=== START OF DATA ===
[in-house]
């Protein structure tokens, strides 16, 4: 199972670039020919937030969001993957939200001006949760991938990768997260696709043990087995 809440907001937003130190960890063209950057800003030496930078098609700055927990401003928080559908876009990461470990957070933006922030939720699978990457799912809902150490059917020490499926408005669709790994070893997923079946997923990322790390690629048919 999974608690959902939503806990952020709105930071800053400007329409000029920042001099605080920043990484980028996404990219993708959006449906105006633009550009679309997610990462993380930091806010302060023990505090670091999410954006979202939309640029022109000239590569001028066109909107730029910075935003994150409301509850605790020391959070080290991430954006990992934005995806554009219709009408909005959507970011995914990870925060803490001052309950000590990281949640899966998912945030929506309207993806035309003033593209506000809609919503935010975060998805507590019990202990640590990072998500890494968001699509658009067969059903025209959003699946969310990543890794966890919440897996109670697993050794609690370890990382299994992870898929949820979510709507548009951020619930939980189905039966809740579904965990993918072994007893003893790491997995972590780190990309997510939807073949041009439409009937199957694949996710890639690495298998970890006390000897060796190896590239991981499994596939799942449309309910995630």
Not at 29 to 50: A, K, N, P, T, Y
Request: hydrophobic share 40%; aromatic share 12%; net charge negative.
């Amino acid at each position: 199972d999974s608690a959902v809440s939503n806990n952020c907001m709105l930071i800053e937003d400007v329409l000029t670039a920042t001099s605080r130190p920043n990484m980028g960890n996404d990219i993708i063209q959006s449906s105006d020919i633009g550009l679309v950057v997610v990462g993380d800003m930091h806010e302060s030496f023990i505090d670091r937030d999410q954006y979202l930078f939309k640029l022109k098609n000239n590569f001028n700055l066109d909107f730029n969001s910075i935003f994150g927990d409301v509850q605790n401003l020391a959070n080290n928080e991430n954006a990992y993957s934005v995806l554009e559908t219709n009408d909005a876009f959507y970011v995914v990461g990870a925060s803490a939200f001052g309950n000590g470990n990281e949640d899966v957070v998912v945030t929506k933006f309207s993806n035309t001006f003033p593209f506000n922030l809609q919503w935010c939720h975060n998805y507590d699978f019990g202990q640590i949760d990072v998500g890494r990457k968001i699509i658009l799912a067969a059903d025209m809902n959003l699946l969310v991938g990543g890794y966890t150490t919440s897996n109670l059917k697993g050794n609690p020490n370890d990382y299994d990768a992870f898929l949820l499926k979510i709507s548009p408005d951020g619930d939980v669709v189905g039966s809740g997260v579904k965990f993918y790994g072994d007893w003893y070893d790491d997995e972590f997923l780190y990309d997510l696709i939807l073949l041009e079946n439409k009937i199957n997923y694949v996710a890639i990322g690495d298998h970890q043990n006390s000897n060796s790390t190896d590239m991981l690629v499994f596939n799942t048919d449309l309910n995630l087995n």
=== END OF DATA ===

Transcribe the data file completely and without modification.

[in-house]
């Protein structure tokens, strides 16, 4: 199972670039020919937030969001993957939200001006949760991938990768997260696709043990087995 809440907001937003130190960890063209950057800003030496930078098609700055927990401003928080559908876009990461470990957070933006922030939720699978990457799912809902150490059917020490499926408005669709790994070893997923079946997923990322790390690629048919 999974608690959902939503806990952020709105930071800053400007329409000029920042001099605080920043990484980028996404990219993708959006449906105006633009550009679309997610990462993380930091806010302060023990505090670091999410954006979202939309640029022109000239590569001028066109909107730029910075935003994150409301509850605790020391959070080290991430954006990992934005995806554009219709009408909005959507970011995914990870925060803490001052309950000590990281949640899966998912945030929506309207993806035309003033593209506000809609919503935010975060998805507590019990202990640590990072998500890494968001699509658009067969059903025209959003699946969310990543890794966890919440897996109670697993050794609690370890990382299994992870898929949820979510709507548009951020619930939980189905039966809740579904965990993918072994007893003893790491997995972590780190990309997510939807073949041009439409009937199957694949996710890639690495298998970890006390000897060796190896590239991981499994596939799942449309309910995630």
Not at 29 to 50: A, K, N, P, T, Y
Request: hydrophobic share 40%; aromatic share 12%; net charge negative.
């Amino acid at each position: 199972d999974s608690a959902v809440s939503n806990n952020c907001m709105l930071i800053e937003d400007v329409l000029t670039a920042t001099s605080r130190p920043n990484m980028g960890n996404d990219i993708i063209q959006s449906s105006d020919i633009g550009l679309v950057v997610v990462g993380d800003m930091h806010e302060s030496f023990i505090d670091r937030d999410q954006y979202l930078f939309k640029l022109k098609n000239n590569f001028n700055l066109d909107f730029n969001s910075i935003f994150g927990d409301v509850q605790n401003l020391a959070n080290n928080e991430n954006a990992y993957s934005v995806l554009e559908t219709n009408d909005a876009f959507y970011v995914v990461g990870a925060s803490a939200f001052g309950n000590g470990n990281e949640d899966v957070v998912v945030t929506k933006f309207s993806n035309t001006f003033p593209f506000n922030l809609q919503w935010c939720h975060n998805y507590d699978f019990g202990q640590i949760d990072v998500g890494r990457k968001i699509i658009l799912a067969a059903d025209m809902n959003l699946l969310v991938g990543g890794y966890t150490t919440s897996n109670l059917k697993g050794n609690p020490n370890d990382y299994d990768a992870f898929l949820l499926k979510i709507s548009p408005d951020g619930d939980v669709v189905g039966s809740g997260v579904k965990f993918y790994g072994d007893w003893y070893d790491d997995e972590f997923l780190y990309d997510l696709i939807l073949l041009e079946n439409k009937i199957n997923y694949v996710a890639i990322g690495d298998h970890q043990n006390s000897n060796s790390t190896d590239m991981l690629v499994f596939n799942t048919d449309l309910n995630l087995n």